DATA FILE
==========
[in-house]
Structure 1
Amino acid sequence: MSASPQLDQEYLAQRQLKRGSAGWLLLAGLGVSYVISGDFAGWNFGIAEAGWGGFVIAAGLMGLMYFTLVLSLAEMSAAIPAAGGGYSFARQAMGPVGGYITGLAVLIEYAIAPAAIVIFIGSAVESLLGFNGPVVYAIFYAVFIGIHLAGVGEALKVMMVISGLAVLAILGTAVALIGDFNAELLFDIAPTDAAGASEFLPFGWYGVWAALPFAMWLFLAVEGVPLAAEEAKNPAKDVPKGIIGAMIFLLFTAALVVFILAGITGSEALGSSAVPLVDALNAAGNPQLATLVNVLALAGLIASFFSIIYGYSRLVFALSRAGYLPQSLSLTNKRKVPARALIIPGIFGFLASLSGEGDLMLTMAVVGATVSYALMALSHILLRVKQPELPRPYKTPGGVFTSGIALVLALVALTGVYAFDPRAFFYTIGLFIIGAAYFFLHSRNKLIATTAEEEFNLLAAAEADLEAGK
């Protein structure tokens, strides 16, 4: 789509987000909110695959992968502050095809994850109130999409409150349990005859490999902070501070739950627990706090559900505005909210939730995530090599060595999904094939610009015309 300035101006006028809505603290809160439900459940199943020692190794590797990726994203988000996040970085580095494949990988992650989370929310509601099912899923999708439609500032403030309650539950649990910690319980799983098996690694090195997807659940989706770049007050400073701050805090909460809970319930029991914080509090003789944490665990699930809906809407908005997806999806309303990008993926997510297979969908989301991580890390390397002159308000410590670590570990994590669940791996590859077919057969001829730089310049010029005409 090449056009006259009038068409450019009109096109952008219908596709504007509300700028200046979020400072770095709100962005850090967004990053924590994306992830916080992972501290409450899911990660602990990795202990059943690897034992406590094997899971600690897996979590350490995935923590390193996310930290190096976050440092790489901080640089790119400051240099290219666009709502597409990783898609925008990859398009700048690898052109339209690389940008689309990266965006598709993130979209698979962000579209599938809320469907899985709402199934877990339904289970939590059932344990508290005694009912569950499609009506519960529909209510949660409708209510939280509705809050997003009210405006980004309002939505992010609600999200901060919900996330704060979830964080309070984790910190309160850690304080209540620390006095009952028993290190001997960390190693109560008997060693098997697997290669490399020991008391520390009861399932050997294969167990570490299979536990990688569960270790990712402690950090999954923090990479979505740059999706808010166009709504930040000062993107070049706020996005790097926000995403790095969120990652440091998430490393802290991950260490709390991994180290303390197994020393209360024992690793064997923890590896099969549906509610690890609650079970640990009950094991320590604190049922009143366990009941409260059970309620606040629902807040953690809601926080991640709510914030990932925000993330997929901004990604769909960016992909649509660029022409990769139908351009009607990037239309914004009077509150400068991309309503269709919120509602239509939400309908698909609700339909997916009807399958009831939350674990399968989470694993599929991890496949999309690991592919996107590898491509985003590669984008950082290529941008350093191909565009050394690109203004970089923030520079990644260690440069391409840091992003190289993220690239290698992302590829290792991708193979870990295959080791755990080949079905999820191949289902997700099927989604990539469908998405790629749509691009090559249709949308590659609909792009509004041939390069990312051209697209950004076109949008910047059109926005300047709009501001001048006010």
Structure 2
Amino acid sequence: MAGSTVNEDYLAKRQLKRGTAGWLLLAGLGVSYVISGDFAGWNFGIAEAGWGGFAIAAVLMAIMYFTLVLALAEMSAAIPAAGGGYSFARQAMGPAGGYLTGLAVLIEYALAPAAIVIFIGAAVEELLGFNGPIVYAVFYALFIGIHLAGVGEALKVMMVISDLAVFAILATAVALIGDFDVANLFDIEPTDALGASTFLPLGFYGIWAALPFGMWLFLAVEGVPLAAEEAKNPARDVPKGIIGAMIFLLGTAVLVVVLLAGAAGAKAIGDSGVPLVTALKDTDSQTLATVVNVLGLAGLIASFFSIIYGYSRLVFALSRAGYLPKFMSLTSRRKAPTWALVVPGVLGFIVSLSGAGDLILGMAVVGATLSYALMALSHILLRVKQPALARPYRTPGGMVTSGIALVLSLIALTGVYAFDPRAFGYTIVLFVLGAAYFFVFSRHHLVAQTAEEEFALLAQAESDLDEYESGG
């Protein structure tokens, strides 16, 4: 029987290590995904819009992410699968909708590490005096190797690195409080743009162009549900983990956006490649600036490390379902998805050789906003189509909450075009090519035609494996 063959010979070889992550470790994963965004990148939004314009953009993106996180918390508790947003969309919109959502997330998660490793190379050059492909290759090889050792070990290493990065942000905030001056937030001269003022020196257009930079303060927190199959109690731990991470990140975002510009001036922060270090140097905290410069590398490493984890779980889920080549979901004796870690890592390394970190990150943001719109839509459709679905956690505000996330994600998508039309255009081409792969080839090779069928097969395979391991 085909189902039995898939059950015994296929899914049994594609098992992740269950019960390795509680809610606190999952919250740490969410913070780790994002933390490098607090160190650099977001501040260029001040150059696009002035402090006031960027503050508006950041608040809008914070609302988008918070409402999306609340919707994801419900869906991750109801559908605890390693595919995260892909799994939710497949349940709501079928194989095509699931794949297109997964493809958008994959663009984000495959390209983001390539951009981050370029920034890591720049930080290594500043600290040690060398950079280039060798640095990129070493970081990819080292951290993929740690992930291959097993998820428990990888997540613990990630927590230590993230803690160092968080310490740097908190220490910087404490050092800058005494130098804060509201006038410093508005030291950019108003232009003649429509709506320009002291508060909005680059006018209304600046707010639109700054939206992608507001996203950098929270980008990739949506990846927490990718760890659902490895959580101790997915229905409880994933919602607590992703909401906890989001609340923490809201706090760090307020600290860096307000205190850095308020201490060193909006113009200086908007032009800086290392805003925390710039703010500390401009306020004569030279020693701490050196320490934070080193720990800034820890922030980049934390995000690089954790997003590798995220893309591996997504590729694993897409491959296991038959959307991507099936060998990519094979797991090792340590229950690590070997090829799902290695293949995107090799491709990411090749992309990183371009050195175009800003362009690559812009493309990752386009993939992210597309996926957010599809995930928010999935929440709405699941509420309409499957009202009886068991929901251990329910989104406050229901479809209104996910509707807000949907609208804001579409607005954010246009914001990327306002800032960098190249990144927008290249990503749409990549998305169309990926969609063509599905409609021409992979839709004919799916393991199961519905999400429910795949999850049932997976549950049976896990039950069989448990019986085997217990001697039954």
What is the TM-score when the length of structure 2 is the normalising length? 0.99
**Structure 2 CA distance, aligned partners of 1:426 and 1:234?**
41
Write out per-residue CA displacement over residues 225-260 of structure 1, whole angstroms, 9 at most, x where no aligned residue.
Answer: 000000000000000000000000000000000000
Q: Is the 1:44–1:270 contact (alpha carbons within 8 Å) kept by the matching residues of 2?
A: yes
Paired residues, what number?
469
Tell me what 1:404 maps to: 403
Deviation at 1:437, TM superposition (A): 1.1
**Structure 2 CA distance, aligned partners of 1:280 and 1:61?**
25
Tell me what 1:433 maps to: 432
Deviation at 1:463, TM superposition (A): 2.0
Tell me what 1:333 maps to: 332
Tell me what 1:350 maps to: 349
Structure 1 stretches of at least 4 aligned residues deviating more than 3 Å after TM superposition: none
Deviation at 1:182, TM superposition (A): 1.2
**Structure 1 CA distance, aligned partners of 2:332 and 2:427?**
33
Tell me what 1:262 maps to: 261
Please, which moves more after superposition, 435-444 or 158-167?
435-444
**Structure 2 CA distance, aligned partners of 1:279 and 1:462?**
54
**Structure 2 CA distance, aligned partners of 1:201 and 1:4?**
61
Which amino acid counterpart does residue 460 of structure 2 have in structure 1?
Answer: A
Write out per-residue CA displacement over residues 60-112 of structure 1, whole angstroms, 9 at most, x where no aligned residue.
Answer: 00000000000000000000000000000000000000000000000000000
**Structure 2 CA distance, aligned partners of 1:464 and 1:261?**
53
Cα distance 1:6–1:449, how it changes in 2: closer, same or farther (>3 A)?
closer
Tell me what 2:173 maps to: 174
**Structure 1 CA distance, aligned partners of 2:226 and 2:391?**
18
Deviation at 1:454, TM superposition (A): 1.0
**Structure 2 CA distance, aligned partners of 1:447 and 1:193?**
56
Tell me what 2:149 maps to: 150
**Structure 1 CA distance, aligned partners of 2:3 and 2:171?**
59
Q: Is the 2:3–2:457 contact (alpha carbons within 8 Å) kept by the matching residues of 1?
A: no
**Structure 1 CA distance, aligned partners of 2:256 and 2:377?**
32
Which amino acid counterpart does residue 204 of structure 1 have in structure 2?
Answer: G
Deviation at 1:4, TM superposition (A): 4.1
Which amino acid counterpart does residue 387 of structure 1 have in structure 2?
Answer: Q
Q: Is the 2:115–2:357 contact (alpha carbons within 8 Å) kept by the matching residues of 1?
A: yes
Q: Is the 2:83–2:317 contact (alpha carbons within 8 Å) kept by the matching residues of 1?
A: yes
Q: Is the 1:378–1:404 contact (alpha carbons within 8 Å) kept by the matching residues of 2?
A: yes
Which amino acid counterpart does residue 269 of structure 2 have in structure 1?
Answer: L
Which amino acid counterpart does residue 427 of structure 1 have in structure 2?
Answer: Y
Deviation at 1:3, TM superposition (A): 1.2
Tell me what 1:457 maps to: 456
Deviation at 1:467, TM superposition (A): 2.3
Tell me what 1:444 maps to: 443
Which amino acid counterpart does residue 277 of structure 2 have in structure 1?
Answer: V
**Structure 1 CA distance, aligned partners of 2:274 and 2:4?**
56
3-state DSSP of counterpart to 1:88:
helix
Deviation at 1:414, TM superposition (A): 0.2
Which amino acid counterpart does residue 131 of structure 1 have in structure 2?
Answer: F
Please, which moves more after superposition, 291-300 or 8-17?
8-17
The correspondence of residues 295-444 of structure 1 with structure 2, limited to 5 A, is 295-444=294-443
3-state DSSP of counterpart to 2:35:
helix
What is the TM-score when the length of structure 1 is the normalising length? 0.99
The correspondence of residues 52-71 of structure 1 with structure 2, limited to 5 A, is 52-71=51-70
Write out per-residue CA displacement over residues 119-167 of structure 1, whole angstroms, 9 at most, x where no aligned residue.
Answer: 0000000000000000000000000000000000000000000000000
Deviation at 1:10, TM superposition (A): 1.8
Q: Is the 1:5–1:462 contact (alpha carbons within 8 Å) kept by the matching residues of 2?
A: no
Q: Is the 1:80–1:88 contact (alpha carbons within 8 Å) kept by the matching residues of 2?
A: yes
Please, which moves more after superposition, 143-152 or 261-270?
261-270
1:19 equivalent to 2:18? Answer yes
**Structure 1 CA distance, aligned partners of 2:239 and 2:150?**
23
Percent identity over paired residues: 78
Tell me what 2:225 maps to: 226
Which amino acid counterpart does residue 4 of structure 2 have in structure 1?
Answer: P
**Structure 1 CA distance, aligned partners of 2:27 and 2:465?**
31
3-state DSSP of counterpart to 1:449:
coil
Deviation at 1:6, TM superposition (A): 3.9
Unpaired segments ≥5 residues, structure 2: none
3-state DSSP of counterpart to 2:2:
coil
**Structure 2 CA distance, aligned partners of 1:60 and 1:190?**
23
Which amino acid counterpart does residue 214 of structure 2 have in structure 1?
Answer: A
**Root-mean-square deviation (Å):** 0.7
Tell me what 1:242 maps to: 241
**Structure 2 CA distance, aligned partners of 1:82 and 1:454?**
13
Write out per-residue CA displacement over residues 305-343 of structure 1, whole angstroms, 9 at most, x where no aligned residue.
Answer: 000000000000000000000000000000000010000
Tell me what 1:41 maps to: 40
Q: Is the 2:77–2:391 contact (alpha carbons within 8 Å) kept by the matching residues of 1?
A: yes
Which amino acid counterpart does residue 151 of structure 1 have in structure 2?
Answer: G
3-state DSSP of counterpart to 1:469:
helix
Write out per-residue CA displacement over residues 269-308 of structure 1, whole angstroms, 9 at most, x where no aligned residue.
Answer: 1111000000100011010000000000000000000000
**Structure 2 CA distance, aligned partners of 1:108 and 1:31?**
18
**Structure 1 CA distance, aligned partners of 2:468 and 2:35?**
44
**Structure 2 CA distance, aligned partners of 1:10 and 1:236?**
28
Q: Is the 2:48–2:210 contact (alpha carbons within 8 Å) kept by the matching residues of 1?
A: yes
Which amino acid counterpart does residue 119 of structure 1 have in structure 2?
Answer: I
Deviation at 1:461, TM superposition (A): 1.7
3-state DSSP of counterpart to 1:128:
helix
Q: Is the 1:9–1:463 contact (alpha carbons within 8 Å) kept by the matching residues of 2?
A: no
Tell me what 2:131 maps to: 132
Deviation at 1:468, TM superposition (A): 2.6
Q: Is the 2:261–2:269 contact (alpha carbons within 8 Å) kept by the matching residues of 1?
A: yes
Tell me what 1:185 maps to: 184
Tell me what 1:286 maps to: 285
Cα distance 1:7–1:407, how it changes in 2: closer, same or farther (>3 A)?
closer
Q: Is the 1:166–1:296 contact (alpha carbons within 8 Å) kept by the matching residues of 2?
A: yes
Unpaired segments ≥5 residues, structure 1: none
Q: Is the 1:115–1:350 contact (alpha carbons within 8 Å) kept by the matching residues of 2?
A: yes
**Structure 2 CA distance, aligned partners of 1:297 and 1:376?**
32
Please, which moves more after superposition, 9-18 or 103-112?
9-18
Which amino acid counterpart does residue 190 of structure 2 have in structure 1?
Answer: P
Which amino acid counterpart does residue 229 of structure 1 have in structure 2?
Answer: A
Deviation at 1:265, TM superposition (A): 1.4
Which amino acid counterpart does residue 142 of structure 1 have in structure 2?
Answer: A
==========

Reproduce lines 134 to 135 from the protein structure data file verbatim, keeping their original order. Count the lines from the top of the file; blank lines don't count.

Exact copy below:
Answer: 1111000000100011010000000000000000000000
**Structure 2 CA distance, aligned partners of 1:108 and 1:31?**